Geological Sciences in Cape Town to Translate Terms

A project at the University of Cape Town has begun to translate geological terms into the country’s official languages. The team hopes future scientific discourse will better represent the country’s rich linguistic diversity.

Speakers of South Africa’s 11 official languages may soon be able to hold academic discourse in geological sciences exclusively in their own language for the first time. A project called “Reclaiming the Rocks: Ukuthetha ngezifundo zomhlaba ngesiXhosa” began this year at the University of Cape Town (UCT), as part of the Geological Sciences Department’s effort to better represent the languages spoken in South Africa. The department hopes the project will help connect people who have historically been excluded from academic discourse about their geological heritage.

Early in 2020, UCT lecturer Dr. Rosalie Tostevin conducted a survey of the Geological Sciences Department, which found a wide diversity of languages spoken among students and staff. It also indicated strong interest among students to participate in translation projects. Recruiting a team of researchers and student translators, Tostevin hopes to transform geology departments, museums, and public outreach events.

“Despite English being a first language for under 10% of the population, it dominates scientific discourse, alienating huge sections of the population. People engage more and understand better when the conversation is in their native tongue,” said Tostevin.

Led by UCT master’s student Batande Getyenga, the team of translators will begin producing a geological dictionary in isiXhosa, a language spoken by over 8 million native speakers and over 19 million total speakers. If the project becomes a success, the team plans to expand translations into other South African Languages.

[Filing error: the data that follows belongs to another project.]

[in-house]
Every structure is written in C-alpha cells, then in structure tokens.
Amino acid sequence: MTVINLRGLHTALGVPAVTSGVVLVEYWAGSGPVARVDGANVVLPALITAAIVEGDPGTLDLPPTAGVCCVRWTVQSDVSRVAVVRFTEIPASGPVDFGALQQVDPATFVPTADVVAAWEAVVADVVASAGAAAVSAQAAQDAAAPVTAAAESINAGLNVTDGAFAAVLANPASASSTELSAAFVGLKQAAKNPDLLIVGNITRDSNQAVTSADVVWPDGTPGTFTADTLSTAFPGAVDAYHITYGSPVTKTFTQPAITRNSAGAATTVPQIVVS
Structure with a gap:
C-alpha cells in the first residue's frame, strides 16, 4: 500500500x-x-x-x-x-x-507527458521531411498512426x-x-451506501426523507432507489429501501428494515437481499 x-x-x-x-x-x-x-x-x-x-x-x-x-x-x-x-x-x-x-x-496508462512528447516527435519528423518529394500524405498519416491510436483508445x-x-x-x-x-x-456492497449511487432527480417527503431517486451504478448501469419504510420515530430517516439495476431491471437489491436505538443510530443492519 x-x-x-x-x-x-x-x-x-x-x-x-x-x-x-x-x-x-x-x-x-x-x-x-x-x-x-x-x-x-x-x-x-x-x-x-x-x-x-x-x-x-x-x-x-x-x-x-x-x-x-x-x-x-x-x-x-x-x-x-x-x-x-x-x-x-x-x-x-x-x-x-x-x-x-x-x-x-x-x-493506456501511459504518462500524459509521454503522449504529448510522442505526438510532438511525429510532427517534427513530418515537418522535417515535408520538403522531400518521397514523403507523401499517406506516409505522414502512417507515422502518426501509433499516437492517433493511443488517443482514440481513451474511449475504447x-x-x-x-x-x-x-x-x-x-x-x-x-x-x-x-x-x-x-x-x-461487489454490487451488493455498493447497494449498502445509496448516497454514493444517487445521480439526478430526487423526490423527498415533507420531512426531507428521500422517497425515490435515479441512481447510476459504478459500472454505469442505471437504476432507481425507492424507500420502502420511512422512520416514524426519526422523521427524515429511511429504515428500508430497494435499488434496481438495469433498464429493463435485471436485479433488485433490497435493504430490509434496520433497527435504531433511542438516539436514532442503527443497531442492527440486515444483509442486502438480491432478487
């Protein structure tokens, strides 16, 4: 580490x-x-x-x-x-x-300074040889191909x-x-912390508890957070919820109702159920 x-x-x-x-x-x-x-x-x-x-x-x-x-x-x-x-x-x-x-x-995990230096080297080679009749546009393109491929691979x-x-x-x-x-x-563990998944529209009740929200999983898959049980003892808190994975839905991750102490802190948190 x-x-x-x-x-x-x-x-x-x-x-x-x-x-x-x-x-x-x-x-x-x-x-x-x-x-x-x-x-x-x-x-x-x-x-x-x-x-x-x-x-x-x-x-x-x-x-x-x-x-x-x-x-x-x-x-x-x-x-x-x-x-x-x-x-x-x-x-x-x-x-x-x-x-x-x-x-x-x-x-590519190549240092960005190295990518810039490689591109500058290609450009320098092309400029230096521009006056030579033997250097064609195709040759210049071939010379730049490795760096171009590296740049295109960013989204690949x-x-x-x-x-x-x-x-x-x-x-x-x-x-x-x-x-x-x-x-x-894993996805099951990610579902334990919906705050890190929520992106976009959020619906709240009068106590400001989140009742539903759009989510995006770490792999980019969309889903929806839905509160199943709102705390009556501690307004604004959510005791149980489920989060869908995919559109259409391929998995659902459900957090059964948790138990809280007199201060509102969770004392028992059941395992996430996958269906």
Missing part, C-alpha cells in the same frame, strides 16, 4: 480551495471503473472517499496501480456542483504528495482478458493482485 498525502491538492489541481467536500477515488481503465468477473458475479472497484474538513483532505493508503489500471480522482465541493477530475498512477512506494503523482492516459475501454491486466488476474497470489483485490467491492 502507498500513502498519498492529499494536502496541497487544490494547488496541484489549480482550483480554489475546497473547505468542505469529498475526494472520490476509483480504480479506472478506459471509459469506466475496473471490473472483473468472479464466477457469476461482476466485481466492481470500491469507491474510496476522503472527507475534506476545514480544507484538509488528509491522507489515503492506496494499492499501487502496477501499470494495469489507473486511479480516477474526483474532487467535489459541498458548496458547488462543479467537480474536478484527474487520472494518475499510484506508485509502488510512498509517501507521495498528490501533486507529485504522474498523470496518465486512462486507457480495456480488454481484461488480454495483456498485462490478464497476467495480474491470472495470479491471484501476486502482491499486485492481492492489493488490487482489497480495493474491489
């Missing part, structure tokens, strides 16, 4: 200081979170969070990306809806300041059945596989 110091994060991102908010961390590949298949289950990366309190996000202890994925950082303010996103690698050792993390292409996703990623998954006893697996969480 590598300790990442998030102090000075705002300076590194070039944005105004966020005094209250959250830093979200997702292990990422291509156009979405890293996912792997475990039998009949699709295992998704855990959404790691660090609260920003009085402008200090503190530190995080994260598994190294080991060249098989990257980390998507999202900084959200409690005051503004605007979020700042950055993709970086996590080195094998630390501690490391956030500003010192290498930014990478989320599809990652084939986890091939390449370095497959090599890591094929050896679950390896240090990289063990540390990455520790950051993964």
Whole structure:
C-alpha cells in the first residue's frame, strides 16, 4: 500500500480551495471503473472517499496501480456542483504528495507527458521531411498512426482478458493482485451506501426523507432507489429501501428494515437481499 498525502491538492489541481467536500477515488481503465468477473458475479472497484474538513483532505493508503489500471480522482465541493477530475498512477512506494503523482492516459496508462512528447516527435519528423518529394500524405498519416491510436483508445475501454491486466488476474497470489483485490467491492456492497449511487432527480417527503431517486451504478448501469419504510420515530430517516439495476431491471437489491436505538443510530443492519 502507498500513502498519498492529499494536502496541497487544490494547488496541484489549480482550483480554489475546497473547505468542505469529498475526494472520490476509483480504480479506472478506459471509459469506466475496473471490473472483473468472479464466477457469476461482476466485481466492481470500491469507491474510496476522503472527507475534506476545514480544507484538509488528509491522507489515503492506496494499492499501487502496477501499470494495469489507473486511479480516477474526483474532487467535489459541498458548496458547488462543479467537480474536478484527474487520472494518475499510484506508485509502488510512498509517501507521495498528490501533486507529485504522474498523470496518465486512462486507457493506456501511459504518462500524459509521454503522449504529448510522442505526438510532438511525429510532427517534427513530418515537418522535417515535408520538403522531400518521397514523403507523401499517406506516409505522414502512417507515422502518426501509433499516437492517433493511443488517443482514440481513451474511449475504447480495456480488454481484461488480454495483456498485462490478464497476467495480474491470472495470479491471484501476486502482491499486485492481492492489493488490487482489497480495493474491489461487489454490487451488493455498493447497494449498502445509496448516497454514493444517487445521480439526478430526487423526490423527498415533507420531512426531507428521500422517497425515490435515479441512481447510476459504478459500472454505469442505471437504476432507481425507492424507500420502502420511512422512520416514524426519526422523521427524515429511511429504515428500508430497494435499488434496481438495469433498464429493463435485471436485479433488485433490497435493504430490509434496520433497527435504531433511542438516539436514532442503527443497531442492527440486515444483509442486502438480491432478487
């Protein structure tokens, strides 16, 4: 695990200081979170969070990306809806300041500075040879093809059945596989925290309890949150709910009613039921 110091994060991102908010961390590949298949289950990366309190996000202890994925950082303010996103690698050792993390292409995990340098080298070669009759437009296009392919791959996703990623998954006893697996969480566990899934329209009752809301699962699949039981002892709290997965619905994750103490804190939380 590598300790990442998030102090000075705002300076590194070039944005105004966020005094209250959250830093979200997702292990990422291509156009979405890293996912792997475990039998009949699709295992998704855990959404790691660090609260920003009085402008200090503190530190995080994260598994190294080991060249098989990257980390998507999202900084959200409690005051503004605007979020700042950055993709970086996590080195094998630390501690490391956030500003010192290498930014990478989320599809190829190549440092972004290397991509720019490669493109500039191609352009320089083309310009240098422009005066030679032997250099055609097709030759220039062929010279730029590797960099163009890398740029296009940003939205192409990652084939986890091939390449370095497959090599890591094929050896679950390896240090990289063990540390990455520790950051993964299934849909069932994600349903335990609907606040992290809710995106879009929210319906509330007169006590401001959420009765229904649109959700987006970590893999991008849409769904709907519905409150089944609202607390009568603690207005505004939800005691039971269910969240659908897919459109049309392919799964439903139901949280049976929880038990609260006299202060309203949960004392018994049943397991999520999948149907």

Although Tostevin will write up summarized versions of the country’s geological record for the team to translate, the team will have to work together to develop translations for technical terms where none exist. Currently, terms like “fossil” or “dinosaur” have no equivalents in isiXhosa, so Tostevin sees this process as an opportunity to generate new, more intuitive and accessible vocabulary.

The project has already gained international recognition, receiving the European Geosciences Union’s public engagement grant—a grant awarded to outreach projects that aim to raise awareness of geosciences outside the scientific community. The team plans to use the grant money to launch a new website and to compensate the geology students involved in the high-skilled translation work.

“South Africa’s geological record is exceptional and relevant to our daily lives,” Tostevin Said. “Millions of tourists are drawn to Table Mountain every year; vineyards depend on the fertile soils of the Bokkeveld shales; and the economy is built on gold, mineral and diamond deposits. The rocks also hold the story of life on Earth – from the first traces of life to the rise and fall of the dinosaurs.”


Jonathan Pyner
Jonathan Pyner is a poet, freelance writer, and translator. He has worked as an educator for nearly a decade in the US and Taiwan, and he recently completed a master’s of fine arts in creative writing.

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